Continued from last week…Posted 23, 2013
BY Dean Meyer
Continued from last week…
But all in all I kind of like winter. When you are walking to the house at night and you can look up and see the millions of stars twinkling back at you. And the air is so still that even an occasional snowflake is embarrassed at disturbing it.
And I always kind of liked riding in the winter. Oh, your toes might freeze and fall off. And your fingers get so cold that you have to hold back tears as they warmed up under warm water from the faucet.
But there is something about riding along the ridges and spotting a buck deer bedded down under a cedar tree. Or having a pheasant or sharptail burst through fresh snow from right underneath your horse. Or maybe seeing the tracks where coyotes pulled down a young or crippled deer in the deep snow. And picturing the battle in your mind.
I remember one time I was riding down Deep Creek. It was one of those winter afternoons where the world is standing still. Not cold enough to be miserable, but cold enough to keep the riffraff out. Snowflakes as big as saucers were gently drifty down from a dark sky. Not a breath of breeze was disturbing those lazy flakes.
Riding along in fresh fall snow, I sensed some movement out of the corner of my eye. There was a herd of elk winding down a sidehill towards me.
I stopped “Freeman” and he sensed it was a special moment.
We sat there, frozen in time, as 30 elk came winding down through the scrub oak and passed a few yards in front of us. Only one saw us. And that old cow elk just turned her head and looked at my kind of quizzically, as if to ask why I was in her house.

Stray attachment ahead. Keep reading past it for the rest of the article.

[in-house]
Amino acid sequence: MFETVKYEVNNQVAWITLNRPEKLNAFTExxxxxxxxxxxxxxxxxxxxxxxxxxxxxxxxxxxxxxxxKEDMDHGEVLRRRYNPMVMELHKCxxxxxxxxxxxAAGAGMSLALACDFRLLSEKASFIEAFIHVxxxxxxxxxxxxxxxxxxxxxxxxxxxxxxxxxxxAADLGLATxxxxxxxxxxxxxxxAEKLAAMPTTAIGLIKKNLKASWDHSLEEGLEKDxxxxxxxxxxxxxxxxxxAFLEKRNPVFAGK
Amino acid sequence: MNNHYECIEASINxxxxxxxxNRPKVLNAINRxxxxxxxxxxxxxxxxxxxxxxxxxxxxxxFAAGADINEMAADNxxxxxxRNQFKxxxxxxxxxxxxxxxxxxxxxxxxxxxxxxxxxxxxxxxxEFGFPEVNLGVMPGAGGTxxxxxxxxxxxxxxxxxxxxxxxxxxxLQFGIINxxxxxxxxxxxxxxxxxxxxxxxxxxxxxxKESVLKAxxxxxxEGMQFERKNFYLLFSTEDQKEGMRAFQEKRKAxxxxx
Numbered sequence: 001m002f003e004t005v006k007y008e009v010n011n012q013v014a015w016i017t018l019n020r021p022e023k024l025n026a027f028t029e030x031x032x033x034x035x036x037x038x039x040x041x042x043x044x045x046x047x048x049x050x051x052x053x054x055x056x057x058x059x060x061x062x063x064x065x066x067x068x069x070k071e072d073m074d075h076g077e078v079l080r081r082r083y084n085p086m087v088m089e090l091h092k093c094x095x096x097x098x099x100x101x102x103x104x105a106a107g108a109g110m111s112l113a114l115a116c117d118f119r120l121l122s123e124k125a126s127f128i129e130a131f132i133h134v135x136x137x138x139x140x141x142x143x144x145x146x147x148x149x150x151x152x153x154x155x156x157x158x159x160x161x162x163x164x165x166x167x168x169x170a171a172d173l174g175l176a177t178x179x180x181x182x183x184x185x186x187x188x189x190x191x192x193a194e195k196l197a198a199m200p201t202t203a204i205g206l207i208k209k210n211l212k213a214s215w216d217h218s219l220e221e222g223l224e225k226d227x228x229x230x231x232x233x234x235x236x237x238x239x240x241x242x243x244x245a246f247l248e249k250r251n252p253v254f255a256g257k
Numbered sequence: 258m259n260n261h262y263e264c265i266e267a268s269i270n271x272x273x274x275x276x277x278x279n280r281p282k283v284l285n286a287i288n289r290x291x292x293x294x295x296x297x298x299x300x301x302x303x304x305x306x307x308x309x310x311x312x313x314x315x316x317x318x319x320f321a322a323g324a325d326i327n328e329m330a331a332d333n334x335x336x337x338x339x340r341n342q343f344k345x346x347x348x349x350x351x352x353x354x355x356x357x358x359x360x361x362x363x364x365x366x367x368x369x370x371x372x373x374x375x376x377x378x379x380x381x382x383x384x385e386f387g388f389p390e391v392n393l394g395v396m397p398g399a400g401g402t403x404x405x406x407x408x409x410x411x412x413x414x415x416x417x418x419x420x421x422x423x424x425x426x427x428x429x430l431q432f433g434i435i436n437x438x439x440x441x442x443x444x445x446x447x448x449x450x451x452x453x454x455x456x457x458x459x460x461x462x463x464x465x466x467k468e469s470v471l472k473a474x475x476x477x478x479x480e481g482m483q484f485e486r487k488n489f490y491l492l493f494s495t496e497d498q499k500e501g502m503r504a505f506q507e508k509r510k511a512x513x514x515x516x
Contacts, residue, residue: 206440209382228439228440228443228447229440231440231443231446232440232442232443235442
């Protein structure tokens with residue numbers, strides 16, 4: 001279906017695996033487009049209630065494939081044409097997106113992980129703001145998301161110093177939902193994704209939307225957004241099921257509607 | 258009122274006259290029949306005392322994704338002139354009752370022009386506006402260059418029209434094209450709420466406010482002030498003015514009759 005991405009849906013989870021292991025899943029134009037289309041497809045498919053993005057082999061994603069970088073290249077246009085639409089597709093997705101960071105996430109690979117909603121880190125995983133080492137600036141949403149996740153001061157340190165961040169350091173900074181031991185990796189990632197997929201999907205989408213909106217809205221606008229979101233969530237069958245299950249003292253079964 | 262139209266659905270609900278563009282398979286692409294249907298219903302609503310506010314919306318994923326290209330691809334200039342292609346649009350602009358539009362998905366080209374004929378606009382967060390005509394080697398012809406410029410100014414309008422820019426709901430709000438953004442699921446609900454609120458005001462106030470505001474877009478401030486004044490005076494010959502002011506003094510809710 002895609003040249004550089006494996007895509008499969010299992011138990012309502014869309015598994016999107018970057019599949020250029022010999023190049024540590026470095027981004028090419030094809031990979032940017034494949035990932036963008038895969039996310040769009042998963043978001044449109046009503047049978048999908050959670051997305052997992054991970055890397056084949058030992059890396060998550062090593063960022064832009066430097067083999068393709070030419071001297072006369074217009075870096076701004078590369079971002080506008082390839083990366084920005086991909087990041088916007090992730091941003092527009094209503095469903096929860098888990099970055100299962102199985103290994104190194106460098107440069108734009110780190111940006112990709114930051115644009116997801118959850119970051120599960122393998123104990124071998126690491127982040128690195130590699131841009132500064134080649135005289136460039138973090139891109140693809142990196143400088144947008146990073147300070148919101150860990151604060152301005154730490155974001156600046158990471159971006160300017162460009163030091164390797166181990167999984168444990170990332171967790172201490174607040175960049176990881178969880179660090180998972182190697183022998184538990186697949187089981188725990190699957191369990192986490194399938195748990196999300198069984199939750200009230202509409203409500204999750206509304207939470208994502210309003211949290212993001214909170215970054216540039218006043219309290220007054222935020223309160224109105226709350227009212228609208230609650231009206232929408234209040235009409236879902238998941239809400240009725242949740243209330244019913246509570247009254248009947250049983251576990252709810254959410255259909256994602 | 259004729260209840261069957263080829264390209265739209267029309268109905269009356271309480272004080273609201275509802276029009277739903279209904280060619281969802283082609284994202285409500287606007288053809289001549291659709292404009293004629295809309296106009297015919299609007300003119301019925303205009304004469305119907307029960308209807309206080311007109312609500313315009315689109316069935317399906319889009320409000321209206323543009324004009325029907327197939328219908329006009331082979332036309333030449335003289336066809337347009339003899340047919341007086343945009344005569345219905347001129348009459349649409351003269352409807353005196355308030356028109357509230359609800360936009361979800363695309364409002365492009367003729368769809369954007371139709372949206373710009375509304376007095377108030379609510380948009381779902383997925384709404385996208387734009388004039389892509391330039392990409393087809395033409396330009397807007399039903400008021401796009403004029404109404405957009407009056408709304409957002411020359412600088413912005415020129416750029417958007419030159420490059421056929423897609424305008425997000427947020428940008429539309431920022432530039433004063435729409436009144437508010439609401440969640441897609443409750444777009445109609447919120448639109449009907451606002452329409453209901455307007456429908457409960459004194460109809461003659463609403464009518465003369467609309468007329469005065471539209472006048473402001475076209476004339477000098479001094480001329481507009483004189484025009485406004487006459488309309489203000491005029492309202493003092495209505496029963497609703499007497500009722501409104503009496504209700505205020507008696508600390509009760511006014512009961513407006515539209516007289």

Then they disappeared up the next canyon like ghosts into a castle. When they were gone, I sat there another moment, hating to move, and realized that life was good.
Oh, sometimes winter was bad. When you broke down on the river and had to walk eight miles home. Uphill. Carrying 50 extra pounds of lasagna around my middle.
Or pacing the house while a blizzard roared for a couple days and you were worried about the cows. Or worrying while a son or daughter was on their way to a rodeo over icy roads and drifting snow. But, I guess I’ve been pretty lucky.
The cows usually came out of it pretty good and the kids always did.
May as well put on some extra clothes and we’ll go feed cows.
Hang on cause I’m going to take a hard run at that big drift up ahead.